• I will make sure I take my instructions from the person with the true interest at risk in the transaction: At times it may be easier to gather information relevant to the transaction from intermediaries like a mortgage broker or real estate agent. However, in the event of a claim lawyers need to be able to show that they took their instructions from the person with the value at risk in the transaction, or at least have documentation from that person authorizing the lawyer to take instructions from the intermediary in all circumstances.
  • I will document my conversations with and instructions from the client: This is the best defence you’ll have against a malpractice claim. The client may only be involved in one or two real estate transactions in their lifetime and will remember the details, while the lawyer who sees countless transactions will likely have little specific recollection of one matter. Keep notes of your conversations with the client and document what you discussed and what actions you took in a detailed reporting letter to the client.
  • I will not give my electronic registration password to my clerks or anyone else: Only the lawyer who received the electronic registration credentials provided by the Ministry of Government Services is entitled to use the lawyer disc and password to register an instrument on title using the electronic system. And yet LAWPRO sees claims in which the lawyer allowed (or claims not to have been aware) that someone else in the office was using the password. As tempting as it may be in a busy real estate practice to let the clerk register instruments requiring a lawyer’s electronic signature…don’t.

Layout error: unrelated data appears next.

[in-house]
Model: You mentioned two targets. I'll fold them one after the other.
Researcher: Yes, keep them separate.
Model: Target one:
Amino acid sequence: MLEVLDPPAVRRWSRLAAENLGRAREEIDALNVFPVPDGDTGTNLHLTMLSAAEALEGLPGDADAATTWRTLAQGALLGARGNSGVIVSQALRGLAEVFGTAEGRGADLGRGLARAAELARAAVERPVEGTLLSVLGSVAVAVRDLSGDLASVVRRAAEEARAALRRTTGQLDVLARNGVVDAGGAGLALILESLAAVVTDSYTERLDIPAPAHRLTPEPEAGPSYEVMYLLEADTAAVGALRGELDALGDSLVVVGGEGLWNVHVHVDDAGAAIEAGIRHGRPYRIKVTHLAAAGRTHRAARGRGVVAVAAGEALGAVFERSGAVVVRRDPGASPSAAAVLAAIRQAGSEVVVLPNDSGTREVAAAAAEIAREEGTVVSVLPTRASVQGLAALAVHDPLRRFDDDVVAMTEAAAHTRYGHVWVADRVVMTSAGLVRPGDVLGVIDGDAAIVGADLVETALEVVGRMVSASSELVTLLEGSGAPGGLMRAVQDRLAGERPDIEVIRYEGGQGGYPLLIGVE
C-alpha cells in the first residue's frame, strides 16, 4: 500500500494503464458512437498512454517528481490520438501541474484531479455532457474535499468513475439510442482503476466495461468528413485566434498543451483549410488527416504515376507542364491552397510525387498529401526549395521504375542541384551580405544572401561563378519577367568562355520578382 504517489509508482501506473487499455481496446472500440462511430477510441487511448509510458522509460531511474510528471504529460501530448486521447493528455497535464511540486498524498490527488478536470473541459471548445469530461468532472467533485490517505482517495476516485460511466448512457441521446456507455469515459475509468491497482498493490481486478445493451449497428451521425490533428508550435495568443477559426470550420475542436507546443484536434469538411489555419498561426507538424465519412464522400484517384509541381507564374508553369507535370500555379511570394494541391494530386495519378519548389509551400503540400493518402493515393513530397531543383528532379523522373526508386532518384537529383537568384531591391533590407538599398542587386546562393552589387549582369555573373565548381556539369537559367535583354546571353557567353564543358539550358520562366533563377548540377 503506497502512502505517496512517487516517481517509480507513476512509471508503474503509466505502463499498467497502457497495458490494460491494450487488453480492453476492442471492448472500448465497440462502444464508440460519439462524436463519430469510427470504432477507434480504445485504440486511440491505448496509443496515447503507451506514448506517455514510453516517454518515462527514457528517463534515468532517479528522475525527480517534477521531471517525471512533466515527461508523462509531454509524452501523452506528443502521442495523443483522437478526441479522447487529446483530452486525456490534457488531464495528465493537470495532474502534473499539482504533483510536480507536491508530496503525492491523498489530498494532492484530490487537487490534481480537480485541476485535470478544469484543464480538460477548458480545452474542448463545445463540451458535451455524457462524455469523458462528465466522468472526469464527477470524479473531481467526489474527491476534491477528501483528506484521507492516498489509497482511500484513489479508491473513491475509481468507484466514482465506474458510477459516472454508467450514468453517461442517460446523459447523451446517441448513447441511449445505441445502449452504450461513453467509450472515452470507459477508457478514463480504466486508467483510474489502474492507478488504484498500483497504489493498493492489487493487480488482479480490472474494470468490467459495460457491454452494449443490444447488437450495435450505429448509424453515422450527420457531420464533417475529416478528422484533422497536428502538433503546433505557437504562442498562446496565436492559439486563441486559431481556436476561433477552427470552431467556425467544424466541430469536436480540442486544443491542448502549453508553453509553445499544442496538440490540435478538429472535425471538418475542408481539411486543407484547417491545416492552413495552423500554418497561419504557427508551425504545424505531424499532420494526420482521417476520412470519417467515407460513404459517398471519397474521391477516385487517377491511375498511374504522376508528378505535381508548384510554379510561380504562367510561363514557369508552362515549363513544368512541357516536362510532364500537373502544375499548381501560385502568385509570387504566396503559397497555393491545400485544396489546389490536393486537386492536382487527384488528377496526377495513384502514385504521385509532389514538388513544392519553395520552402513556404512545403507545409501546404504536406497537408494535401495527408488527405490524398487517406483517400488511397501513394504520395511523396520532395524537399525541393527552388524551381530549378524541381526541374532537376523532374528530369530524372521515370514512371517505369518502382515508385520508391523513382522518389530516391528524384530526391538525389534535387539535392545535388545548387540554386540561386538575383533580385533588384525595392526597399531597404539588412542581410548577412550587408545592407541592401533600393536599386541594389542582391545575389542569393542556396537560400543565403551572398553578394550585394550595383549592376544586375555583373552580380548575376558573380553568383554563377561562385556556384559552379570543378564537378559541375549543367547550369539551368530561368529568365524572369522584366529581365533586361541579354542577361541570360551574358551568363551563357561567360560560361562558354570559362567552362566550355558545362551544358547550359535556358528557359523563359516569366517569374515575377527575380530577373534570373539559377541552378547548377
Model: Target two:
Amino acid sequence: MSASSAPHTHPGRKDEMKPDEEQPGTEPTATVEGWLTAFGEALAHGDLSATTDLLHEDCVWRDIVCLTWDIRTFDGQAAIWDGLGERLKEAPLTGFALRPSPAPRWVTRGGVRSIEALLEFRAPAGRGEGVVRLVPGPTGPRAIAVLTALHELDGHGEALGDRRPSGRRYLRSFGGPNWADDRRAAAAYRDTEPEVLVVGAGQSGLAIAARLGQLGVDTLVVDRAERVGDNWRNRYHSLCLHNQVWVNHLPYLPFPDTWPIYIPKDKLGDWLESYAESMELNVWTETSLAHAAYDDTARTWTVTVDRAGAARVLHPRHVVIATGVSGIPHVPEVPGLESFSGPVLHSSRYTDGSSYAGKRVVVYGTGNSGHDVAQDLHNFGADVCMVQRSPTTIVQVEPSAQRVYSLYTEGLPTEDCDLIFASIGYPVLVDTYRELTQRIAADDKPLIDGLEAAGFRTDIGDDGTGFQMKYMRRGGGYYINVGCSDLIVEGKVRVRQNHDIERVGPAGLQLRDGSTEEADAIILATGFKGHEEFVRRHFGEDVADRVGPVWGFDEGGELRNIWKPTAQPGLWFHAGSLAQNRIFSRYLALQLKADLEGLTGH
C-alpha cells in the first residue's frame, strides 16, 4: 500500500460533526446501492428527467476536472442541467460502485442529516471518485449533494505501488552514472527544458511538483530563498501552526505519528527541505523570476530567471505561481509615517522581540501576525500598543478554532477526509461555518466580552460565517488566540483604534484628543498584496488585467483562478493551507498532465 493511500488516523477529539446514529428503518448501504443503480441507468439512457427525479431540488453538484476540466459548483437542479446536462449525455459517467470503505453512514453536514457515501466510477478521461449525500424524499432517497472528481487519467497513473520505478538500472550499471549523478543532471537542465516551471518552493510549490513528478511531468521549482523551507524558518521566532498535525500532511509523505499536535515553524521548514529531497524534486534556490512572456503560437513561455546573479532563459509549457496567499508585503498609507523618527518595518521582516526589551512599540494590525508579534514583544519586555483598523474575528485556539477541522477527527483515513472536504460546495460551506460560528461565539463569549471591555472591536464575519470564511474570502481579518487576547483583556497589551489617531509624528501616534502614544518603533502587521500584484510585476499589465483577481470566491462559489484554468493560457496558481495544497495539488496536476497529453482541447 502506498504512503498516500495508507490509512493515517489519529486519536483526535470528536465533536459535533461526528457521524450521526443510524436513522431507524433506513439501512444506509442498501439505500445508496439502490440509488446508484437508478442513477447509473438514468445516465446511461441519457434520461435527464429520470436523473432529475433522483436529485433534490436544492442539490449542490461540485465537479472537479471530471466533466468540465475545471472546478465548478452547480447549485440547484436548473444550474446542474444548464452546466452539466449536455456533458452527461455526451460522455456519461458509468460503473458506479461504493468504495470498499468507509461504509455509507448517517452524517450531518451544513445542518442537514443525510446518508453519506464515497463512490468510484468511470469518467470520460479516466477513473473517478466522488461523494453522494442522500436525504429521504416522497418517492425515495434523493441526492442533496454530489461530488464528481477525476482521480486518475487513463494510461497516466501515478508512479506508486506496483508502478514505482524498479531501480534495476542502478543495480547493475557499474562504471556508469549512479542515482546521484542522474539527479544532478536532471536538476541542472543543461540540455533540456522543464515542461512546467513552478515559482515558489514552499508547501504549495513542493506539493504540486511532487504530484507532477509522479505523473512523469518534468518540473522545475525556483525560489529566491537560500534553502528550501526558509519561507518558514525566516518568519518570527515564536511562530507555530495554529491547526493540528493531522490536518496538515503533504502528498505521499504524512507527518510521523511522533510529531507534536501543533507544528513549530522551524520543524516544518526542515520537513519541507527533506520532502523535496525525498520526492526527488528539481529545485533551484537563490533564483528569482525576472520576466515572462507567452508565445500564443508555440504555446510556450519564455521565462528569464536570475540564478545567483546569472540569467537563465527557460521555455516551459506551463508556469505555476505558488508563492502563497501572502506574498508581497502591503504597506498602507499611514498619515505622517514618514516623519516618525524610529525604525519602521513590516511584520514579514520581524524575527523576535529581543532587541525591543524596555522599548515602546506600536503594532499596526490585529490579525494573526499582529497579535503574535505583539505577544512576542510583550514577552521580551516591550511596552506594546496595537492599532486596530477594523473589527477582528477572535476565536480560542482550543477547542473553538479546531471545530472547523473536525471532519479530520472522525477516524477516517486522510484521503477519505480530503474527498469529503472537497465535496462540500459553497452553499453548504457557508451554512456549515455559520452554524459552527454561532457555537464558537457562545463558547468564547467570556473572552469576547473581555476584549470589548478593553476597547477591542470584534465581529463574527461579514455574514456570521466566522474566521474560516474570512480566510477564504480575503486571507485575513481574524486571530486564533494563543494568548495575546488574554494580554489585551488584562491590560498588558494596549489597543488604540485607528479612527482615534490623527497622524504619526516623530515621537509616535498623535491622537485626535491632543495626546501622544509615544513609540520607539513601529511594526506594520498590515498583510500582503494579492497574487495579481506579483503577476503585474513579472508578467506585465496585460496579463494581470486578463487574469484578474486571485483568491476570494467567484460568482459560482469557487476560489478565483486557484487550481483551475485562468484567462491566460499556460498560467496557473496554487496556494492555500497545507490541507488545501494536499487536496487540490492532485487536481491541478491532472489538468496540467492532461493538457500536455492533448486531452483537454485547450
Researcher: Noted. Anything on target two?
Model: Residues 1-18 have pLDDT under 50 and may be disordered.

Click here to see the full list of resolutions taken from New Year’s resolutions for a healthier law practice and a new you, which appeared in the December 2012 issue of LAWPRO Magazine.

In the praticePRO Lending Library: The Law Firm Associate’s Guide to Connecting with Your Colleagues

December 15, 2014 By: TimLemieux Category: Law Practice Management

Connecting Colleagues

The book will help associates learn how to effectively work together with their colleagues to achieve high levels of productivity and success in the law office. While work relationships can be challenging, this guide shows associates how they can communicate and maintain positive work relationships. The companion training manual puts the book’s ideas into action with practice exercises and techniques that can be customized specifically to personality type and experience level.

The practicePRO Lending Library is a free resource for Ontario lawyers of more than 100 books on a wide variety of law practice management related topics. You can see a full listing of our books here. You may borrow a book in person or via e-mail.

The practicePRO Library is located in our office at 250 Yonge Street, Suite 3101 in Toronto and can be visited during our regular business hours (Mon to Fri, 8:30 to 5:00). We invite you to come by anytime (please email in advance)to peruse our selection. All titles in the practicePRO Lending Library can be shipped to Ontario lawyers at our expense, and returned at yours after three weeks.